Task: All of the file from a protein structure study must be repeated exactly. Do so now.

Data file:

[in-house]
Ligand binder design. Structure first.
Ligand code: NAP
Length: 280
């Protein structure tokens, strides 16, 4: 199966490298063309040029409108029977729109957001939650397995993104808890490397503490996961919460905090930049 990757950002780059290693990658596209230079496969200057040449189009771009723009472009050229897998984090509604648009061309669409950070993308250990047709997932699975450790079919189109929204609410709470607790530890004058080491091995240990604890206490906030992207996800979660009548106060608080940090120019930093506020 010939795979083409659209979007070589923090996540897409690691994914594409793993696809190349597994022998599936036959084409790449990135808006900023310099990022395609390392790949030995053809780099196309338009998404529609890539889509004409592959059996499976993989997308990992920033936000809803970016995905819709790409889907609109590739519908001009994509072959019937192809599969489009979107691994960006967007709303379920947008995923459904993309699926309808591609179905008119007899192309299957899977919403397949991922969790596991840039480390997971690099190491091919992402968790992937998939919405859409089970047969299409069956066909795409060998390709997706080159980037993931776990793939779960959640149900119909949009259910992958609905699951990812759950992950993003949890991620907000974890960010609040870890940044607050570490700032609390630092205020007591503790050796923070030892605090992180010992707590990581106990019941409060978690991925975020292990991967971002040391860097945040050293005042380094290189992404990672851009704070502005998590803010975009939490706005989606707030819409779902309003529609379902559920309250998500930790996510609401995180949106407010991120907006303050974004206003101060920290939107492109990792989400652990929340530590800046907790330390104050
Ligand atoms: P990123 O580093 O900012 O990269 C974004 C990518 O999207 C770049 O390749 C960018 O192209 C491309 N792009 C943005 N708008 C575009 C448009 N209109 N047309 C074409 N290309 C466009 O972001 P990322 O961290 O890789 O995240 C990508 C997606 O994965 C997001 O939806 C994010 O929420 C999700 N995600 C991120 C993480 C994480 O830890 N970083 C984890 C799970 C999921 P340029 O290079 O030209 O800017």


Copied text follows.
[in-house]
Ligand binder design. Structure first.
Ligand code: NAP
Length: 280
């Protein structure tokens, strides 16, 4: 199966490298063309040029409108029977729109957001939650397995993104808890490397503490996961919460905090930049 990757950002780059290693990658596209230079496969200057040449189009771009723009472009050229897998984090509604648009061309669409950070993308250990047709997932699975450790079919189109929204609410709470607790530890004058080491091995240990604890206490906030992207996800979660009548106060608080940090120019930093506020 010939795979083409659209979007070589923090996540897409690691994914594409793993696809190349597994022998599936036959084409790449990135808006900023310099990022395609390392790949030995053809780099196309338009998404529609890539889509004409592959059996499976993989997308990992920033936000809803970016995905819709790409889907609109590739519908001009994509072959019937192809599969489009979107691994960006967007709303379920947008995923459904993309699926309808591609179905008119007899192309299957899977919403397949991922969790596991840039480390997971690099190491091919992402968790992937998939919405859409089970047969299409069956066909795409060998390709997706080159980037993931776990793939779960959640149900119909949009259910992958609905699951990812759950992950993003949890991620907000974890960010609040870890940044607050570490700032609390630092205020007591503790050796923070030892605090992180010992707590990581106990019941409060978690991925975020292990991967971002040391860097945040050293005042380094290189992404990672851009704070502005998590803010975009939490706005989606707030819409779902309003529609379902559920309250998500930790996510609401995180949106407010991120907006303050974004206003101060920290939107492109990792989400652990929340530590800046907790330390104050
Ligand atoms: P990123 O580093 O900012 O990269 C974004 C990518 O999207 C770049 O390749 C960018 O192209 C491309 N792009 C943005 N708008 C575009 C448009 N209109 N047309 C074409 N290309 C466009 O972001 P990322 O961290 O890789 O995240 C990508 C997606 O994965 C997001 O939806 C994010 O929420 C999700 N995600 C991120 C993480 C994480 O830890 N970083 C984890 C799970 C999921 P340029 O290079 O030209 O800017």